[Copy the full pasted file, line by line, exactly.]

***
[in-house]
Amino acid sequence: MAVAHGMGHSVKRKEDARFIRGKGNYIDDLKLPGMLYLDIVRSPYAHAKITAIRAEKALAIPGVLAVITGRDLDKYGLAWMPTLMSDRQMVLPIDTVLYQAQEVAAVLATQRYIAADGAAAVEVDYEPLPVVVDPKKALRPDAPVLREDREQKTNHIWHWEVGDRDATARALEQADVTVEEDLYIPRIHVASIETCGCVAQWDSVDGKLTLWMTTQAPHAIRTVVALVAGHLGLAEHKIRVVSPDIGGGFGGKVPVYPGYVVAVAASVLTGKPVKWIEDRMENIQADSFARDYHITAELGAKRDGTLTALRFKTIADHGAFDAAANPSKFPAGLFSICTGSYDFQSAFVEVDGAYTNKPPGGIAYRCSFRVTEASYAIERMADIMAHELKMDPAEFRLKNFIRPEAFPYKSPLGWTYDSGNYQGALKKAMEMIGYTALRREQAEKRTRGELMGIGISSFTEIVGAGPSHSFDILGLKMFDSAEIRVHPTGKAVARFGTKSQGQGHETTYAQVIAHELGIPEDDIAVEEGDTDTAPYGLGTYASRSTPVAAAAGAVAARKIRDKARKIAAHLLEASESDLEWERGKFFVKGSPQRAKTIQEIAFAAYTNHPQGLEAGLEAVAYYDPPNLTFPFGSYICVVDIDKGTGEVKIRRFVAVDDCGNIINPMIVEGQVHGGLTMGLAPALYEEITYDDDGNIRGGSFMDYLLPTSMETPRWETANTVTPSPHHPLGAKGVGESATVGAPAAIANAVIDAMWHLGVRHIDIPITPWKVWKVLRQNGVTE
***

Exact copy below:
[in-house]
Amino acid sequence: MAVAHGMGHSVKRKEDARFIRGKGNYIDDLKLPGMLYLDIVRSPYAHAKITAIRAEKALAIPGVLAVITGRDLDKYGLAWMPTLMSDRQMVLPIDTVLYQAQEVAAVLATQRYIAADGAAAVEVDYEPLPVVVDPKKALRPDAPVLREDREQKTNHIWHWEVGDRDATARALEQADVTVEEDLYIPRIHVASIETCGCVAQWDSVDGKLTLWMTTQAPHAIRTVVALVAGHLGLAEHKIRVVSPDIGGGFGGKVPVYPGYVVAVAASVLTGKPVKWIEDRMENIQADSFARDYHITAELGAKRDGTLTALRFKTIADHGAFDAAANPSKFPAGLFSICTGSYDFQSAFVEVDGAYTNKPPGGIAYRCSFRVTEASYAIERMADIMAHELKMDPAEFRLKNFIRPEAFPYKSPLGWTYDSGNYQGALKKAMEMIGYTALRREQAEKRTRGELMGIGISSFTEIVGAGPSHSFDILGLKMFDSAEIRVHPTGKAVARFGTKSQGQGHETTYAQVIAHELGIPEDDIAVEEGDTDTAPYGLGTYASRSTPVAAAAGAVAARKIRDKARKIAAHLLEASESDLEWERGKFFVKGSPQRAKTIQEIAFAAYTNHPQGLEAGLEAVAYYDPPNLTFPFGSYICVVDIDKGTGEVKIRRFVAVDDCGNIINPMIVEGQVHGGLTMGLAPALYEEITYDDDGNIRGGSFMDYLLPTSMETPRWETANTVTPSPHHPLGAKGVGESATVGAPAAIANAVIDAMWHLGVRHIDIPITPWKVWKVLRQNGVTE